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Bangkok - Most emerging-market stocks fell as Cnooc paced losses for energy shares, overshadowing gains in technology companies.
South Korea’s won led currencies lower.
Cnooc retreated for the first time in nine days in Hong Kong.
The Shanghai Composite Index slid before tomorrow’s preliminary manufacturing report.
Standard Bank sank 3.3 percent in Johannesburg as Moody’s Investors Service cut its local-currency ratings.
The won sank 0.5 percent versus the dollar.
Tencent rose 1.6 percent in Hong Kong after the Nasdaq Composite Index reached a 2000 high yesterday.
The MSCI Emerging Markets Index lost 0.1 percent to 1,083.34 at 9:56 am in London, poised to halt a seven-day rally.
The gauge rose to a three-year high yesterday as tensions in Ukraine and Iraq eased.
The US Federal Reserve will release minutes from its last policy meeting that may give investors more clues as to the outlook for US interest rates.
Chair Janet Yellen will address global central bankers this week.
“Most investors are waiting for the Fed minutes and Yellen’s speech to have a better view on the interest rate direction,” Jintana Mekintharanggur, director of equity investment at Manulife Asset Management, which manages about $235 million (R2.5 billion) of assets, said by phone in Bangkok.
“Emerging stocks especially Chinese equities may take a break after most shares made very strong rallies.”
Some 331 stocks fell and 294 rose in the developing-nation gauge, which has gained 8.1 percent this year and trades at 11.2 times projected 12-month earnings, data compiled by Bloomberg show.
The MSCI World Index has risen 4.4 percent in 2014 and is valued at a multiple of 14.9.
Argentina plans to pay its foreign-currency bonds locally to sidestep a US court ruling that blocked payments last month and caused the nation to default for a second time in 13 years.
Six out of 10 industry groups in the emerging-markets measure dropped, led by energy and phone companies.
Cnooc, China’s biggest offshore oil producer, retreated 1.7 percent while China Mobile fell for a second day, losing 1.2 percent, as the stock traded near its most expensive level in six years.
The Hang Seng China Enterprises Index of mainland companies listed in Hong Kong slid 0.3 percent.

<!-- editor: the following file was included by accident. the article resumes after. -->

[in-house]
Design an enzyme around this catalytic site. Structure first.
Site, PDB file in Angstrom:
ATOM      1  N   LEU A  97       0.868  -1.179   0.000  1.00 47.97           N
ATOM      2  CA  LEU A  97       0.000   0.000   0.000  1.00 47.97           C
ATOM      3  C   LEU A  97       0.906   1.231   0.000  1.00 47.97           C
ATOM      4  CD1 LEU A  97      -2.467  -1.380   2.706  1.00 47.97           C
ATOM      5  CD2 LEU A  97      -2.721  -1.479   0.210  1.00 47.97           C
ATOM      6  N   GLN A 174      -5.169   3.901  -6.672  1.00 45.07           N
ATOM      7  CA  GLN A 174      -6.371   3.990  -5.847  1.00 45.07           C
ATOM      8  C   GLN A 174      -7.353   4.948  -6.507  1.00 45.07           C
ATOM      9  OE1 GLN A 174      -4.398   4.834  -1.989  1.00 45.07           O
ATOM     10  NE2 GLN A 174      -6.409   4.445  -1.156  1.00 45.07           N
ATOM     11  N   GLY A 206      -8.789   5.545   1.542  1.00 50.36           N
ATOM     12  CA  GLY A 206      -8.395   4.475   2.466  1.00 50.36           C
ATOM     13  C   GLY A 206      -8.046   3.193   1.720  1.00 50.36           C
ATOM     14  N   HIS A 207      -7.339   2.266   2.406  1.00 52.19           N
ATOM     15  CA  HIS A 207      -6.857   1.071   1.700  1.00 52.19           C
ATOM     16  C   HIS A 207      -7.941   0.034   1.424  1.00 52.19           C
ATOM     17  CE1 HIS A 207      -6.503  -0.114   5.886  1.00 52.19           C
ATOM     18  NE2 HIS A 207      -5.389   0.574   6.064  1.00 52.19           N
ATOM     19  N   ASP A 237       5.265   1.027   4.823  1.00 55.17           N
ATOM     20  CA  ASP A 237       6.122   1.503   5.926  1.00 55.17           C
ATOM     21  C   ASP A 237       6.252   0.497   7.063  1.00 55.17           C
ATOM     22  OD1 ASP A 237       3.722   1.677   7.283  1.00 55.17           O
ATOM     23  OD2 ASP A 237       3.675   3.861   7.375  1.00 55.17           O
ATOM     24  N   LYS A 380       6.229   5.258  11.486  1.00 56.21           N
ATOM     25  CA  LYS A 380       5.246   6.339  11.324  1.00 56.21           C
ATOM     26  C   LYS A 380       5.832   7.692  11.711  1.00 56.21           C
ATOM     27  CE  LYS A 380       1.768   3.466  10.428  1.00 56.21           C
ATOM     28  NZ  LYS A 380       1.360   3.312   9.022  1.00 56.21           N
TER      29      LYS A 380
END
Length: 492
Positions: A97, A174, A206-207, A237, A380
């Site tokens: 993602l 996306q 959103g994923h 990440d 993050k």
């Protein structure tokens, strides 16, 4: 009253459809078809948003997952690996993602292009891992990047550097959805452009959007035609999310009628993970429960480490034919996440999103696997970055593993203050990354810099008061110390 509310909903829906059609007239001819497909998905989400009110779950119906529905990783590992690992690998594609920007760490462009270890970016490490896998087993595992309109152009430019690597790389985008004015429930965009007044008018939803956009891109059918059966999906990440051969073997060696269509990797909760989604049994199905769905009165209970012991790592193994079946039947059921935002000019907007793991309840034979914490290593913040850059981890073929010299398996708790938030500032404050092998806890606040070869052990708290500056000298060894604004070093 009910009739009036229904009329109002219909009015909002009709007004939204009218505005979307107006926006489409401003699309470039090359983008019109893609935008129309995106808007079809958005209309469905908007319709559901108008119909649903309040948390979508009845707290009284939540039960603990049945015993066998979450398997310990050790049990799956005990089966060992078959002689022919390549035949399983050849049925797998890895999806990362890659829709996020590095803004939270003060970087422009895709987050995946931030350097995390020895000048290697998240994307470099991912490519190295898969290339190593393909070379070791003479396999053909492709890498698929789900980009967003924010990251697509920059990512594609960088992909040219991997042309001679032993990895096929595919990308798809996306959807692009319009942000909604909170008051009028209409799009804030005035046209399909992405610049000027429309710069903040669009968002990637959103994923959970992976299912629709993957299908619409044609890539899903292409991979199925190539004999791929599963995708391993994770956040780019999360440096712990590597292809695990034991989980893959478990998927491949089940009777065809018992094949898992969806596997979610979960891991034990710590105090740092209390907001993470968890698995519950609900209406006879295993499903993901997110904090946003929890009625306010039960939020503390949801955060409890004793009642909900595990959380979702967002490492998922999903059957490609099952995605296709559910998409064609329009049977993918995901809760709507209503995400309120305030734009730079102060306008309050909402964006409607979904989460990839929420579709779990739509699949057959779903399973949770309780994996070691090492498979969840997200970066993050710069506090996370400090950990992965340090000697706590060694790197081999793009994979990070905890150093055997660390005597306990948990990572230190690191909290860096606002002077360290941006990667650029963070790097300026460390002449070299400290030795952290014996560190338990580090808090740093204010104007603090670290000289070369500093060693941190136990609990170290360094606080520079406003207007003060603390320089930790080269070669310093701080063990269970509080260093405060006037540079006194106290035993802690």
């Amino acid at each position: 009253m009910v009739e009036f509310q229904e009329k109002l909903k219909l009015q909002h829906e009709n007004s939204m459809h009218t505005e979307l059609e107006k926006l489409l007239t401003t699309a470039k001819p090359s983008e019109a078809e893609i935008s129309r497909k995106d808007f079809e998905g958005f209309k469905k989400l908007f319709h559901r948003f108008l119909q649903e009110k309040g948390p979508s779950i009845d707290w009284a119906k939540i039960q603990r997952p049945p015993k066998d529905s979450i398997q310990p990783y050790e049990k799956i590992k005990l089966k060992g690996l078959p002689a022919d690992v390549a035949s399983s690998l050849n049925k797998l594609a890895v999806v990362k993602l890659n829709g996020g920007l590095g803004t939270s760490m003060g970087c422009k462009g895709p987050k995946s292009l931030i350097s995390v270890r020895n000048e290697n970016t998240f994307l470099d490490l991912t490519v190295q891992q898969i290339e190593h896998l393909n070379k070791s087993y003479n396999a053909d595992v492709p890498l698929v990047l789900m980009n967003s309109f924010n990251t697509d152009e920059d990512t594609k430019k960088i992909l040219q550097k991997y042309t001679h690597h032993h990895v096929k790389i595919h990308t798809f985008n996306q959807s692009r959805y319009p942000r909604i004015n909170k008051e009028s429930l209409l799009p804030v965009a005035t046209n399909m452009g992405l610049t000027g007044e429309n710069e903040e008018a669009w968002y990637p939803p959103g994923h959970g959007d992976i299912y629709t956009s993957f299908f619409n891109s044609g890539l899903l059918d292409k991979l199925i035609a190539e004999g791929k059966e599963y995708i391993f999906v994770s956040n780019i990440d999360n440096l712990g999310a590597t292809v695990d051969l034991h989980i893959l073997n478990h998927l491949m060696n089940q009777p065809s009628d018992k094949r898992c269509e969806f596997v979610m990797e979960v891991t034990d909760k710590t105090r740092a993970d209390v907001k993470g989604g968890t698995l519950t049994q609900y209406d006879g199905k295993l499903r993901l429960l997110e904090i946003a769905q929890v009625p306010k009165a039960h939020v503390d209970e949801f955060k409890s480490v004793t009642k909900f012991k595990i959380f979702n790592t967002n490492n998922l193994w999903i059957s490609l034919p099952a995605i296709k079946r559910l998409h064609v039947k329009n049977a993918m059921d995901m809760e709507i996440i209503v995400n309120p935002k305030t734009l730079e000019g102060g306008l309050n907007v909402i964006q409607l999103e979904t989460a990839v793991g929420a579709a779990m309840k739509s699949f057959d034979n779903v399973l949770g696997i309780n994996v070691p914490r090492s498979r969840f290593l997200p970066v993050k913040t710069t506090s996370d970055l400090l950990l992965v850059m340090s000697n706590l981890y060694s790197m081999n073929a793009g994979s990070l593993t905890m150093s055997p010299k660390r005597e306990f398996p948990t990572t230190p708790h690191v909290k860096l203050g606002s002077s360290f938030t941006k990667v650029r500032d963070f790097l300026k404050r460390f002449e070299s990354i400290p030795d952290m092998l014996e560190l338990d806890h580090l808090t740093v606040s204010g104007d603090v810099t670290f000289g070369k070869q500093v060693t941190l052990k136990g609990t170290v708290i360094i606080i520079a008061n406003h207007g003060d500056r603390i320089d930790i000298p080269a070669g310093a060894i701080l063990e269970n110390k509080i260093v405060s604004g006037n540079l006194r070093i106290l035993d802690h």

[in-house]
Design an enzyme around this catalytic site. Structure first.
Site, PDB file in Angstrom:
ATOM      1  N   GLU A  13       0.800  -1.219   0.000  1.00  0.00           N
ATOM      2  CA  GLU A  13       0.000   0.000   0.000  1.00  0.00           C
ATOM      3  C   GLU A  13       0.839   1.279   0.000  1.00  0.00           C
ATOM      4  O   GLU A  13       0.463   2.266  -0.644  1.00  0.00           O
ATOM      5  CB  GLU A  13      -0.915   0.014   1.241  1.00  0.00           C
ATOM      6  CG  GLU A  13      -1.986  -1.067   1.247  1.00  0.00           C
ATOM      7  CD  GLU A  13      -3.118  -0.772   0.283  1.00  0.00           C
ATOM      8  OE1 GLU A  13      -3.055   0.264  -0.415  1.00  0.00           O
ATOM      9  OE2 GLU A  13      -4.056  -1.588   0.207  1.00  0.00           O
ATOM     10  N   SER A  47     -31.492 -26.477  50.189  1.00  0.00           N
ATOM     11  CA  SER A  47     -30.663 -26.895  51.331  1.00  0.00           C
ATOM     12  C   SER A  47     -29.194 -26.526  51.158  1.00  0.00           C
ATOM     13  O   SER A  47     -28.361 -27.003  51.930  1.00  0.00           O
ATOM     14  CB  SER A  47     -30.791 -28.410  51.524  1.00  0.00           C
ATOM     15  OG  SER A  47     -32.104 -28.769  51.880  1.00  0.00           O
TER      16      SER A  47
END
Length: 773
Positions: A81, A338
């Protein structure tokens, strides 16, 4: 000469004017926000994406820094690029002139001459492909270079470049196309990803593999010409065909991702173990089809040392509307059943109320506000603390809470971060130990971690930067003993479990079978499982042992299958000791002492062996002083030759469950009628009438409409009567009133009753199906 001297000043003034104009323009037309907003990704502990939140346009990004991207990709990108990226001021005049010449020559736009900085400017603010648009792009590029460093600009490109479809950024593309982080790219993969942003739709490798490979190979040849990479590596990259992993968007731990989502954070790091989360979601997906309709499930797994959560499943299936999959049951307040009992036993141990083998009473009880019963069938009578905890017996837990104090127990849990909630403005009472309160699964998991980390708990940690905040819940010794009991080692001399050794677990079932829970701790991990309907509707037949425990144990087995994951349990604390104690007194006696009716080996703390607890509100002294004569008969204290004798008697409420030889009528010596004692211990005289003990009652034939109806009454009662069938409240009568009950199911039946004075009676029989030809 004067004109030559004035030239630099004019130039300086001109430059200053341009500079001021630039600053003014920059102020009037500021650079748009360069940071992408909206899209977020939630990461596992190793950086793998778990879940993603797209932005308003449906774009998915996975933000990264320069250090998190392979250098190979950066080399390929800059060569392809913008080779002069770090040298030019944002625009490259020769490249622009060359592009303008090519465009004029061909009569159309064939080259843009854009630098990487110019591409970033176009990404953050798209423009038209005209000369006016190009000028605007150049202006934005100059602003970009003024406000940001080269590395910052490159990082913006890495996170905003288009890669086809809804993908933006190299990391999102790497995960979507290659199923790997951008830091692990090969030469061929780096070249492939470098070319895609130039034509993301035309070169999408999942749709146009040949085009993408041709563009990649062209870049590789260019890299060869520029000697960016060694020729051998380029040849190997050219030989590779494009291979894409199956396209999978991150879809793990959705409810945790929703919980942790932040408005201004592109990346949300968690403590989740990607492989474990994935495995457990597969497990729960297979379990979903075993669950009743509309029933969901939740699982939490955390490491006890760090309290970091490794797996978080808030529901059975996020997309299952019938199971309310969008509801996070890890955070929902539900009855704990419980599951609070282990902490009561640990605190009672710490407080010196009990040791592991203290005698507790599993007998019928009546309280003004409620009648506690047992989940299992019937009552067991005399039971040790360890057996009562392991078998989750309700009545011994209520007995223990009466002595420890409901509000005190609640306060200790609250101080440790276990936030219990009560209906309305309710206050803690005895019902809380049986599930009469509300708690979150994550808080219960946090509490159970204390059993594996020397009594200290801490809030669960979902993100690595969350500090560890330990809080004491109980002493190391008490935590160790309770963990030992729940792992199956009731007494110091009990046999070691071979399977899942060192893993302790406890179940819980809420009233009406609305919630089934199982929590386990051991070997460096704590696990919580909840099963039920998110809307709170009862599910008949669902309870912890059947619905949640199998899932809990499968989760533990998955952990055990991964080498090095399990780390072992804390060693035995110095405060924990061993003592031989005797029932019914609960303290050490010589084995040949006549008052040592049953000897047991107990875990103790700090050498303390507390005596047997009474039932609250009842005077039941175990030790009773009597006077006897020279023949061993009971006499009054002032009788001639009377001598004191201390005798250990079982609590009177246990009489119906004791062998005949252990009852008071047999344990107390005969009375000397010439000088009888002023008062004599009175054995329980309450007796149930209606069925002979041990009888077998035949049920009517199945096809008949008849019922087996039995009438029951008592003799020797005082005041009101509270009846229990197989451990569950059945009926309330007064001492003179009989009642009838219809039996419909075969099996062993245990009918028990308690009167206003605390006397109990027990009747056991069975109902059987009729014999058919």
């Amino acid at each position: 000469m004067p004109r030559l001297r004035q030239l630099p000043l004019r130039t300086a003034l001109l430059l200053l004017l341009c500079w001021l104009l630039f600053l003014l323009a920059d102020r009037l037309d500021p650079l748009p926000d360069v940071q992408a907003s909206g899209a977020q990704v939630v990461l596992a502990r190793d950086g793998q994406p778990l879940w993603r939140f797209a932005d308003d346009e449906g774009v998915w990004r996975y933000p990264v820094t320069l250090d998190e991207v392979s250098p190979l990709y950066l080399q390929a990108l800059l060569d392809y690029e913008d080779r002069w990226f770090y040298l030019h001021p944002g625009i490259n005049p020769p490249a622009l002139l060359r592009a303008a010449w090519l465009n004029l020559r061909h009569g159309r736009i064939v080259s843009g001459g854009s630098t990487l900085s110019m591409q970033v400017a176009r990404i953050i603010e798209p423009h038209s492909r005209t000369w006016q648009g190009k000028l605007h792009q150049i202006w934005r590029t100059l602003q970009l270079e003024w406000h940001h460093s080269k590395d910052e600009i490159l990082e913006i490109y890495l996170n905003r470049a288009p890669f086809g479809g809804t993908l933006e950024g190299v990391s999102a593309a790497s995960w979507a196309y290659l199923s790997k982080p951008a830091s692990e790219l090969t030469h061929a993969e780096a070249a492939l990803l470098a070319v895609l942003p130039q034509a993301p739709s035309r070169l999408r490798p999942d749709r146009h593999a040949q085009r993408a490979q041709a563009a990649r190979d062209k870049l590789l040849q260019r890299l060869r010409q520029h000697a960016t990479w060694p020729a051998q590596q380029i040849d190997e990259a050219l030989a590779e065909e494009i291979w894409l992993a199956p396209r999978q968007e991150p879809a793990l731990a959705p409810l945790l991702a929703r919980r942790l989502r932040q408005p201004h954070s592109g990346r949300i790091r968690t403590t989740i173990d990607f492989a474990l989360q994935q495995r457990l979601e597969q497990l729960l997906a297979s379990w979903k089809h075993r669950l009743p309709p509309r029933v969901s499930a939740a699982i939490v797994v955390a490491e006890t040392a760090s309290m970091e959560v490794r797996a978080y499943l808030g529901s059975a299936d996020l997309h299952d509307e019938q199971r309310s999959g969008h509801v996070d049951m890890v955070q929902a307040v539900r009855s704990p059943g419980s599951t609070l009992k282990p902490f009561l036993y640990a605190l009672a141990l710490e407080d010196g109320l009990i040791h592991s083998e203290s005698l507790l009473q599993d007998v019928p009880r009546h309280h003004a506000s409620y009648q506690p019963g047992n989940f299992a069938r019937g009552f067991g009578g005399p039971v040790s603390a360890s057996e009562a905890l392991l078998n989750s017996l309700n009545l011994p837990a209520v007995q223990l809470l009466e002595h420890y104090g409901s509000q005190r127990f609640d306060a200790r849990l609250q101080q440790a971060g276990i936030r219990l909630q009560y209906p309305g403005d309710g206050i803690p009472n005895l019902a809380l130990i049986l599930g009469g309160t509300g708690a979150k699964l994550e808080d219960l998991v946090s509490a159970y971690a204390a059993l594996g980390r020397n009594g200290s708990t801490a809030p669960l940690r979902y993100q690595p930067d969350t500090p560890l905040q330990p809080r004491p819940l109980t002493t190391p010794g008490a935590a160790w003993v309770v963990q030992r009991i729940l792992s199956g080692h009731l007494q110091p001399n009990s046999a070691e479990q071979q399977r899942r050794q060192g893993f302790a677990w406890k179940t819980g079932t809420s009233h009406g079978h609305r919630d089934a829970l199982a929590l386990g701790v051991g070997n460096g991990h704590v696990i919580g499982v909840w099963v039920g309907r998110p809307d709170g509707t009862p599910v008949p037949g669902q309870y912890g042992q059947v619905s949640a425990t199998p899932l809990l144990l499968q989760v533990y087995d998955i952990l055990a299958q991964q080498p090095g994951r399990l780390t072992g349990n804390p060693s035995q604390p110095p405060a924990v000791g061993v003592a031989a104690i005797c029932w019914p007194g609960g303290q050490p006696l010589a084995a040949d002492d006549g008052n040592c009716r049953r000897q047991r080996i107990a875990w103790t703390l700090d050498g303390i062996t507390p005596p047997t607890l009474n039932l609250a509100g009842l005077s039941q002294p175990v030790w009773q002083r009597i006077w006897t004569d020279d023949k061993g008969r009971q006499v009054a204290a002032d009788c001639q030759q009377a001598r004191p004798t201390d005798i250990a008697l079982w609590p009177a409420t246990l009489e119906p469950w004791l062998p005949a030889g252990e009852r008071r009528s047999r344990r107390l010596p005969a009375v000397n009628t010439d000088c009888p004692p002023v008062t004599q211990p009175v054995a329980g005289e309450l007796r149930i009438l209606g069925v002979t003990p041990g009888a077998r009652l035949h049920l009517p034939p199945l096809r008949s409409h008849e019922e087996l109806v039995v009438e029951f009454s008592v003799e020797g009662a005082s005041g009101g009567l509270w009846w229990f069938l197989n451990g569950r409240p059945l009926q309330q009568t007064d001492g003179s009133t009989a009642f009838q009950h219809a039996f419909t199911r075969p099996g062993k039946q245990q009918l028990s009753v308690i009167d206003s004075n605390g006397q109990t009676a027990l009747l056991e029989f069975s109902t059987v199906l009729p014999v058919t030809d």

Refiners SK Innovation and S-Oil slumped more than 6 percent in Seoul on concern their earnings margins are narrowing on higher oil prices, according to Kim Hyung, an analyst at HMC Investment Securities.
The Kospi rose 0.1 percent, paced by gains in SK Hynix.
Tencent, Asia’s largest Internet stock, advanced for a second day.
The Nasdaq Composite Index rallied for a fifth day yesterday to the highest level since March 2000.
The Shanghai Composite Index lost 0.2 percent, halting a three-day increase.
HSBC and Markit Economics’ preliminary manufacturing index probably slipped to 51.5 in August from the final reading of 51.7 a month earlier, according to the median estimate of Bloomberg surveys.
Concerns about the strength of the economic recovery have grown after data last week showed the weakest credit growth since 2008 and an unexpected slowdown in industrial output.
Standard Bank Group led South African banks lower after Moody’s downgraded the local-currency ratings of the nation’s four biggest lenders following the collapse of African Bank Investments Ltd.
Massmart, South Africa’s biggest food and goods wholesaler, tumbled 7 percent after saying first-half earnings dropped.
Indian shares sank 0.4 percent after a six-day rally, while Turkey’s equity index halted a two-day gain.
Russia’s Micex Index retreated 0.1 percent, poised to end eight days of advances.
The ruble dropped for a second day.
The won fell the most in two weeks while the Philippine peso had its biggest loss since August 7.
The minutes are from the Fed’s July 29-30 meeting, when the central bank cut bond purchases by $10 billion for a sixth time, leaving it on track to end the stimulus in October.
Pakistan’s equity gauge was little changed.
Opposition leader Imran Khan led thousands of supporters past riot police to the parliament building in Islamabad, adding pressure on Prime Minister Nawaz Sharif to resign after six days of protests.
Thailand’s SET Index added 0.3 percent, set for the highest close since June 2013 as Total Access Communication led a rally for telecommunication stocks.
Taiwan’s Taiex Index climbed 0.5 percent. - Bloomberg News